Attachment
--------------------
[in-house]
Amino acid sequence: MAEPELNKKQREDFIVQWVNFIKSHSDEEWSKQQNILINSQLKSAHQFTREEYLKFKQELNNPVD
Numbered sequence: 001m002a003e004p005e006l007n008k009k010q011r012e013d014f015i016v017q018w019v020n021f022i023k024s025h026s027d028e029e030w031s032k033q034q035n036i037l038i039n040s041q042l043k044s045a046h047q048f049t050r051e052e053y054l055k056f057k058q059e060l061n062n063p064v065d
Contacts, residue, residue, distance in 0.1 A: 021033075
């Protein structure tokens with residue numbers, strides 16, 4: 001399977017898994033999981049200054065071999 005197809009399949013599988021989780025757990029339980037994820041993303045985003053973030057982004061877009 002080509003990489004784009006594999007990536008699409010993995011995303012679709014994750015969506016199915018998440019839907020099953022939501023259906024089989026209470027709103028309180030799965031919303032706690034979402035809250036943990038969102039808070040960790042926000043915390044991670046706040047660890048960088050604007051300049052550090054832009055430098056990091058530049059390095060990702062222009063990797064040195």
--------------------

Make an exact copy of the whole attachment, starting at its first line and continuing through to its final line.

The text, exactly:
[in-house]
Amino acid sequence: MAEPELNKKQREDFIVQWVNFIKSHSDEEWSKQQNILINSQLKSAHQFTREEYLKFKQELNNPVD
Numbered sequence: 001m002a003e004p005e006l007n008k009k010q011r012e013d014f015i016v017q018w019v020n021f022i023k024s025h026s027d028e029e030w031s032k033q034q035n036i037l038i039n040s041q042l043k044s045a046h047q048f049t050r051e052e053y054l055k056f057k058q059e060l061n062n063p064v065d
Contacts, residue, residue, distance in 0.1 A: 021033075
């Protein structure tokens with residue numbers, strides 16, 4: 001399977017898994033999981049200054065071999 005197809009399949013599988021989780025757990029339980037994820041993303045985003053973030057982004061877009 002080509003990489004784009006594999007990536008699409010993995011995303012679709014994750015969506016199915018998440019839907020099953022939501023259906024089989026209470027709103028309180030799965031919303032706690034979402035809250036943990038969102039808070040960790042926000043915390044991670046706040047660890048960088050604007051300049052550090054832009055430098056990091058530049059390095060990702062222009063990797064040195």